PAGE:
Wouldn't you know it?
Here we were enjoying a fantastic football postseason when conference craziness again forced its way into our sporting lives.
The tug of war drones on between the DuPage Valley Conference and the Upstate Eight Conference and -- even with state football title berths on the line this weekend -- Eyes on Five can't help but look at what's on the horizon.
1. The lowdown:
At Monday's District 204 school board meeting, administrators from Metea Valley, Neuqua Valley and Waubonsie Valley recommended that the board members allow the three schools to leave the Upstate Eight Conference for the DuPage Valley Conference.
A decision is expected in December and, assuming DVC approval, the move would be made at the start of the 2015 school year.
It's a move that's been talked about for years and now it's close to coming to fruition. The question is whether this is the final piece of the area's conference puzzle or is this a case of "be careful what you wish for?"
The answer may be a little of both.
2. The good news:
This solves many problems for both conferences, although the moves would cause the UEC to suffer tremendously in athletic stature.
The DVC would solidify its status as the state's premier athletic conference. The number of state trophies from a nine-team league featuring Glenbard North, Lake Park, Naperville Central, Naperville North, Wheaton North, Wheaton Warrenville South and the three District 204 schools would be staggering in the course of an entire school year.
Football-wise, it'd solve some scheduling problems for the DVC in football. With eight conference games there'd be a need for only one nonconference game -- a far cry from the four nonconference games the DVC's trying to pull together for next year.
For the UEC the loss of the three schools would hurt, but it'd also offer an opportunity for the remaining schools to boost their success levels.
In particular Glenbard East's football team stands to benefit greatly from this move. Without having to face perennial UEC powers Neuqua Valley and Waubonsie Valley, the path is much clearer for the Rams to consistently make the playoffs.
For a program that hasn't made the postseason since its lone appearance in 1999, that'd be a huge deal.
3. The bad news:
The bad news is actually the same as the good news.
The DVC solidifying its status as the state's premier athletic conference is the nice way of referring to a football bloodbath. As tough as the gauntlet is now for DVC teams, it becomes exponentially tougher adding the District 204 schools.
It'll be worth keeping an eye on the growing enrollment gap between the Naperville-area schools and Glenbard North, Wheaton North and WW South. Adding the District 204 schools, especially Neuqua Valley, was not necessarily a slam dunk decision for the DVC because of the enrollment disparity.
Football-wise, there still will be major issues for the DVC trying to schedule that lone nonconference game. Because the DVC would be a league of nine, that means every week one team will have a bye.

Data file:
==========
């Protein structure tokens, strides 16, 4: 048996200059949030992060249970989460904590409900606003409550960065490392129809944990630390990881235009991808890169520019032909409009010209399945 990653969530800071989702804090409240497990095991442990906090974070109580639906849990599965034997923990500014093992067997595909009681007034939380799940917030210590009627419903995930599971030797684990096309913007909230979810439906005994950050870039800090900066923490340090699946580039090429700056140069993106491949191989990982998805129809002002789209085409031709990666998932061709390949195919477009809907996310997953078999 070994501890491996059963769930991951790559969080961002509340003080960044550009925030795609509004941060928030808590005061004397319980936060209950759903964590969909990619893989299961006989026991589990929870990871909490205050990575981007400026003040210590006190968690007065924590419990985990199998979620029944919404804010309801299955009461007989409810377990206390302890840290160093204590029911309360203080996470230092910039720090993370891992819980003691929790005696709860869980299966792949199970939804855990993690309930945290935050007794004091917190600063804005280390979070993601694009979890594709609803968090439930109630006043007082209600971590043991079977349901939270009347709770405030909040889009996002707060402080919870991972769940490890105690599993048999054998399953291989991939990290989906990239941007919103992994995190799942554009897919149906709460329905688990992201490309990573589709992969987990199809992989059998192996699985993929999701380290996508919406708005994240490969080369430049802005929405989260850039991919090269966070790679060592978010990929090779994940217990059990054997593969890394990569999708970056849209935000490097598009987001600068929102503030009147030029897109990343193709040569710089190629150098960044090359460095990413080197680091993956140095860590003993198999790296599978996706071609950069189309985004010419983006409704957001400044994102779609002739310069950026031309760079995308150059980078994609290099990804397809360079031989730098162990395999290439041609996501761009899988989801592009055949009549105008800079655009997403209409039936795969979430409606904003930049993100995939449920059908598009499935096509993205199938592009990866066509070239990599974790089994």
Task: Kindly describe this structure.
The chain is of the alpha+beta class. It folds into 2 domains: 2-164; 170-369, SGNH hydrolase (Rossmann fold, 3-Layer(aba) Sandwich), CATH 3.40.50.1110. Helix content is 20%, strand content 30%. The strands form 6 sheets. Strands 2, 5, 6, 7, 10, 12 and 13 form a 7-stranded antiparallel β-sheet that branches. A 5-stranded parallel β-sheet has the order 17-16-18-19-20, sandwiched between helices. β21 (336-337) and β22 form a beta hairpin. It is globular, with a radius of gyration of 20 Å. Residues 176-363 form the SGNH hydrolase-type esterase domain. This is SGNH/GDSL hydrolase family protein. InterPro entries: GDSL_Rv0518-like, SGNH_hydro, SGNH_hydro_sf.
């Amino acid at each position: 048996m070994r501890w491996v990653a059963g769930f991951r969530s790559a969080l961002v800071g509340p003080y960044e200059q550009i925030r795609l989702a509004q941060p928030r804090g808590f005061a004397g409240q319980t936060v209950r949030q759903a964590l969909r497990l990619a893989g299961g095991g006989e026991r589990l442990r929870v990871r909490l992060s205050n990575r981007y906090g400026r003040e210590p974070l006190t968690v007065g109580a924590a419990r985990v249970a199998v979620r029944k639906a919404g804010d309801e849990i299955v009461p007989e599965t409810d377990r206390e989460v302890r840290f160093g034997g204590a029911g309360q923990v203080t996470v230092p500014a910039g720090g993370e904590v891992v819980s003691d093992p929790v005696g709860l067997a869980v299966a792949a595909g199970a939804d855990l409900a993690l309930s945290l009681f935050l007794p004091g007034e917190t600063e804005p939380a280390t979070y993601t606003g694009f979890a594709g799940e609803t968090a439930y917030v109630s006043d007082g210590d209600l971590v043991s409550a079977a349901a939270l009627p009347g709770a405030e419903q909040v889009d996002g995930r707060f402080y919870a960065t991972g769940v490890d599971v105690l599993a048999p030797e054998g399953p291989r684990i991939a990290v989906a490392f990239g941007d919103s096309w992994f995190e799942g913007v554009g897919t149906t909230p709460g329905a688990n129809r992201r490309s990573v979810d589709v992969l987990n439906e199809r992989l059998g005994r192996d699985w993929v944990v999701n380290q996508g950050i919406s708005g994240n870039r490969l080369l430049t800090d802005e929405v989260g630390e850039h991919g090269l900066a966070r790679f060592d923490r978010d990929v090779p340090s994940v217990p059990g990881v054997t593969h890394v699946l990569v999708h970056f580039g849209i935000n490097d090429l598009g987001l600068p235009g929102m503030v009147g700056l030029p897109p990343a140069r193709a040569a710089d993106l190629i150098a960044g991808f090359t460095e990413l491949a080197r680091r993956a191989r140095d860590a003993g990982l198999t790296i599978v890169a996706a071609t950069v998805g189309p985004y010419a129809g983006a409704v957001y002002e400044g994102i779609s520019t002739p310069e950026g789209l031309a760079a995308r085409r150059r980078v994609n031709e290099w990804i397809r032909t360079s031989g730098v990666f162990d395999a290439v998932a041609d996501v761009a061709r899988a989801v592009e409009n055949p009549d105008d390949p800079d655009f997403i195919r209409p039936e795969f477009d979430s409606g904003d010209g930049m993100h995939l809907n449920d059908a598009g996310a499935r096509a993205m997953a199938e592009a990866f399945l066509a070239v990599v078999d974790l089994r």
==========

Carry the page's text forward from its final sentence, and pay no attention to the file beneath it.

Good luck to the schools having to find a nonconference game after Week 2. It won't be easy.
Same goes for the UEC, which would shrink from 16 schools next year to 13 schools in 2015. The odd number means a bye -- and a headache -- for someone. Of course the two leagues might be able to find a way to cross over with each other to ease the scheduling burden, but there'd be a lot of details to work out.
As for the UEC's changing landscape, Glenbard East's road trips become much longer starting next year when the Rams join the league. Losing the three District 204 schools means losing three of the closest UEC stadiums and gymnasiums to the Lombard campus.
If and when a replacement school is found to make the UEC even-numbered again, chances are it'll be a school from west of the Fox River.
4. The fallout:
There's a chance the District 204 schools moving to the DVC would be the final step in stabilizing area conferences, but it's a longshot.
The DVC and UEC both will seek to expand to an even number of schools. While all that is going on, surrounding conferences like the Mid-Suburban League are also talking about expansion.
Is it possible the MSL will target schools from the DVC or UEC? What about the rumored movement in the Fox Valley Conference and Big Northern? Would changes there trickle into the Upstate Eight?
By the time the District 204 schools ultimately join the DVC, a whole new wave of conference changes could be under way.
5. Stat time:
The Federal Emergency Management Agency estimates that more than 1,000 homes in Washington, Ill. were either completely destroyed or heavily damaged in the fierce tornadoes that ripped through the Midwest on Sunday. One resident of Washington, which has a population of about 15,000, died in the storms.
In the face of heartbreak and devastation, Washington's football team plays Sacred Heart Griffin this weekend in Springfield in the Class 5A semifinals.
The game will be broadcast live at 1 p.m. Saturday on Comcast Sports Net in an effort to raise money for the residents of Central Illinois affected by the storms. Viewers are encouraged to make donations to the Red Cross by calling (800) RED-CROSS or visiting redcross.org.
Follow Kevin on Twitter @kevin_schmit